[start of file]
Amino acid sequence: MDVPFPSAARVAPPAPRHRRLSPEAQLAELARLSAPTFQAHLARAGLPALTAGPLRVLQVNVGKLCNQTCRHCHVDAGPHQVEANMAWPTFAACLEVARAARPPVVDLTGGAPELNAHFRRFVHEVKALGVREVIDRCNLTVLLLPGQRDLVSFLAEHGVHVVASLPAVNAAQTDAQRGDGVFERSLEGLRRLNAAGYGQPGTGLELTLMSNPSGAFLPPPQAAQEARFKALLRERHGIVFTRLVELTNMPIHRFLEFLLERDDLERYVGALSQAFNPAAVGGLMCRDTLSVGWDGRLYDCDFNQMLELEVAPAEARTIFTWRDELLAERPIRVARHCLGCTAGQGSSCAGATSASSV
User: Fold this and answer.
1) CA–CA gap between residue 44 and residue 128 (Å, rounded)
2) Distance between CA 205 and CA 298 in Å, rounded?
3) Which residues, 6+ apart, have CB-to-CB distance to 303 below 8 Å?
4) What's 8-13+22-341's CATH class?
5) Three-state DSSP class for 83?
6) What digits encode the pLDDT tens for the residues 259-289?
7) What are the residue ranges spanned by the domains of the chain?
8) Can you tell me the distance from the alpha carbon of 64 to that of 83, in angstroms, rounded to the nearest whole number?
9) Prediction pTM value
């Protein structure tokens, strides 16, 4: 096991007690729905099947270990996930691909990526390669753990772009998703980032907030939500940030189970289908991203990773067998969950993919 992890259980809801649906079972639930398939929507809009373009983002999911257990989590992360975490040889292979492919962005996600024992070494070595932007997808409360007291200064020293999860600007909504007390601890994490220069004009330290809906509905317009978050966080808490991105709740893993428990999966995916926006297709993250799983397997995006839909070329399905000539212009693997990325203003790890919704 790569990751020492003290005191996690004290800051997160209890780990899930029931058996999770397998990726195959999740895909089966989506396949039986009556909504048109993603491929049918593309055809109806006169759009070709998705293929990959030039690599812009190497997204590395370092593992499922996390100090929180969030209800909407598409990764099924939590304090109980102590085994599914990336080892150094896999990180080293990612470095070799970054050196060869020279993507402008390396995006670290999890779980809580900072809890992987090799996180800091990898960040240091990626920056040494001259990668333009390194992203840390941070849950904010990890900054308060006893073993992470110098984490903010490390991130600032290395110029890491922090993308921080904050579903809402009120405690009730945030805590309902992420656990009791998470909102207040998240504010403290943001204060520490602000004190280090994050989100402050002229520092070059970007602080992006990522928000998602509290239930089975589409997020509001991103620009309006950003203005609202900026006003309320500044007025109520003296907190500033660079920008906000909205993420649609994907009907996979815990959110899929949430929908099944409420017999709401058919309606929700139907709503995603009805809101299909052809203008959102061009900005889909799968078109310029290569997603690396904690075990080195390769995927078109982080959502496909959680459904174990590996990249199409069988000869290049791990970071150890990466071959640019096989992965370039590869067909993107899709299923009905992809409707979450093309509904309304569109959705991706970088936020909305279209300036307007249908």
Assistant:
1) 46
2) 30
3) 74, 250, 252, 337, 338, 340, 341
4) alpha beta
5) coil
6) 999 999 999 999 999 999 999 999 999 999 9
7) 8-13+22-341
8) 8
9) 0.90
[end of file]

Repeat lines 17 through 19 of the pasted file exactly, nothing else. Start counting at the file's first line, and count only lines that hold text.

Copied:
4) alpha beta
5) coil
6) 999 999 999 999 999 999 999 999 999 999 9